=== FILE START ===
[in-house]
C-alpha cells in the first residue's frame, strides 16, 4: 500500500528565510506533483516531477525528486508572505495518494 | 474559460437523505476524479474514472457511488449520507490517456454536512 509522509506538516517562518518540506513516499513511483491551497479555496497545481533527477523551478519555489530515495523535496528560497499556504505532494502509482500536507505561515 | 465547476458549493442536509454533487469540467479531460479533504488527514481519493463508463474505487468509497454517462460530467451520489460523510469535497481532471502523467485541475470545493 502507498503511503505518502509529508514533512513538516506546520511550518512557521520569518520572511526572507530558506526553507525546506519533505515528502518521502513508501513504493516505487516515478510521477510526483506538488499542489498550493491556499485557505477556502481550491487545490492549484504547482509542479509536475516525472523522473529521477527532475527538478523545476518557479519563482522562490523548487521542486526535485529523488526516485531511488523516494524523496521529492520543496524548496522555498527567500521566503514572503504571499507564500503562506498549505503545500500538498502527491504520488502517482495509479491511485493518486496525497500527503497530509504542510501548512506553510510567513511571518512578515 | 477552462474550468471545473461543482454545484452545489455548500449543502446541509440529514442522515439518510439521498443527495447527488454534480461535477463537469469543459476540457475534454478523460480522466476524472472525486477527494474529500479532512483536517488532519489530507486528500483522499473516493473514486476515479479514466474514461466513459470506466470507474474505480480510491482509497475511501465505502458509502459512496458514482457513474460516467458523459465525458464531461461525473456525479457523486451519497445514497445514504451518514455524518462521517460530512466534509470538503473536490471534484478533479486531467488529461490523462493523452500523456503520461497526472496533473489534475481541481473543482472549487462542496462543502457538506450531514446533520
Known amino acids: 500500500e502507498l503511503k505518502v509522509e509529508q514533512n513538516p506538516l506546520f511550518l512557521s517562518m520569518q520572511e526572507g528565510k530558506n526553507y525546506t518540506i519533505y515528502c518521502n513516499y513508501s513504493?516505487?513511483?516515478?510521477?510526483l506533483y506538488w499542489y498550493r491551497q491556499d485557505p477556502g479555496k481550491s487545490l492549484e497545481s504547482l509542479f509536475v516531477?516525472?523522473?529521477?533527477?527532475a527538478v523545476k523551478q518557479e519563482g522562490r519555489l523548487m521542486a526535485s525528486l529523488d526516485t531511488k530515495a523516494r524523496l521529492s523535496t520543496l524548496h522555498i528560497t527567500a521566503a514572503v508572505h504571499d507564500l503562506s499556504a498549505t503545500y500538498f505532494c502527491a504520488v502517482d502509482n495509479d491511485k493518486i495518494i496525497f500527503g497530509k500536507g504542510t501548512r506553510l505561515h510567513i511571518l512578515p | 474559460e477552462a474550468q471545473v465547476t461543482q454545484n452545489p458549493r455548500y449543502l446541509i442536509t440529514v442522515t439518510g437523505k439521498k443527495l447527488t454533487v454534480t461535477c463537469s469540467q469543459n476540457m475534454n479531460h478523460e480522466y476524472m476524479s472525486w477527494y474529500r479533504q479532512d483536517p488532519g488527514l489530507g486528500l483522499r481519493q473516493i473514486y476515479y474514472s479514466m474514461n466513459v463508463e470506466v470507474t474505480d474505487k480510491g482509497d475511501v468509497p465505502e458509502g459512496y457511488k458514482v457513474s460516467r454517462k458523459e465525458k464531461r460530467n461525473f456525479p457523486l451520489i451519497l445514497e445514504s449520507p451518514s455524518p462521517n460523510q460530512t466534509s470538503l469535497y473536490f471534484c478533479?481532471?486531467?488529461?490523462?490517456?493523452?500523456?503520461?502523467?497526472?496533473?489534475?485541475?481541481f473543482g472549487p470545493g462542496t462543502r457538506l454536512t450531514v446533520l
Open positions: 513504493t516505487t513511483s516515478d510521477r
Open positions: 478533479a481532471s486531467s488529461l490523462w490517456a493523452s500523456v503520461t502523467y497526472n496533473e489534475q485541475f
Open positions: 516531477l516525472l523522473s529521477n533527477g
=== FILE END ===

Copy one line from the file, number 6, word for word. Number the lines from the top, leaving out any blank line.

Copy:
Open positions: 516531477l516525472l523522473s529521477n533527477g